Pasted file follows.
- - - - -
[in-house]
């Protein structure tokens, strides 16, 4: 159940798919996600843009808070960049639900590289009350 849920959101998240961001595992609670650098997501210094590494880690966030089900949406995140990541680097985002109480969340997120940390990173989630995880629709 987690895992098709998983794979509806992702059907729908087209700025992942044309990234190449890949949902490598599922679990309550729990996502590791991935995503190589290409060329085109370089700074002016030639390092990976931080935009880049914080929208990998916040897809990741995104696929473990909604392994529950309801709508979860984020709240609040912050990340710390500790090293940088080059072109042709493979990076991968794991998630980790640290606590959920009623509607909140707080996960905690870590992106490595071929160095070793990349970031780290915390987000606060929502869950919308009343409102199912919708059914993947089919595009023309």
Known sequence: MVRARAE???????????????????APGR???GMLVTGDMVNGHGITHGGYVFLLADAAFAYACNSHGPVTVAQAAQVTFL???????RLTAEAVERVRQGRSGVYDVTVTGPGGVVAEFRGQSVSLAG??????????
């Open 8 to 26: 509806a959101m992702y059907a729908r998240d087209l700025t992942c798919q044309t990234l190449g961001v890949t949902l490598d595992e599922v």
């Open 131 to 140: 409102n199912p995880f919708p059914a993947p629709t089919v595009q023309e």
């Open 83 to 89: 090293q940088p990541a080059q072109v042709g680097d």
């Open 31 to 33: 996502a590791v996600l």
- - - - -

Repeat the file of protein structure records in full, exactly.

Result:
[in-house]
């Protein structure tokens, strides 16, 4: 159940798919996600843009808070960049639900590289009350 849920959101998240961001595992609670650098997501210094590494880690966030089900949406995140990541680097985002109480969340997120940390990173989630995880629709 987690895992098709998983794979509806992702059907729908087209700025992942044309990234190449890949949902490598599922679990309550729990996502590791991935995503190589290409060329085109370089700074002016030639390092990976931080935009880049914080929208990998916040897809990741995104696929473990909604392994529950309801709508979860984020709240609040912050990340710390500790090293940088080059072109042709493979990076991968794991998630980790640290606590959920009623509607909140707080996960905690870590992106490595071929160095070793990349970031780290915390987000606060929502869950919308009343409102199912919708059914993947089919595009023309």
Known sequence: MVRARAE???????????????????APGR???GMLVTGDMVNGHGITHGGYVFLLADAAFAYACNSHGPVTVAQAAQVTFL???????RLTAEAVERVRQGRSGVYDVTVTGPGGVVAEFRGQSVSLAG??????????
């Open 8 to 26: 509806a959101m992702y059907a729908r998240d087209l700025t992942c798919q044309t990234l190449g961001v890949t949902l490598d595992e599922v």
């Open 131 to 140: 409102n199912p995880f919708p059914a993947p629709t089919v595009q023309e």
């Open 83 to 89: 090293q940088p990541a080059q072109v042709g680097d």
């Open 31 to 33: 996502a590791v996600l």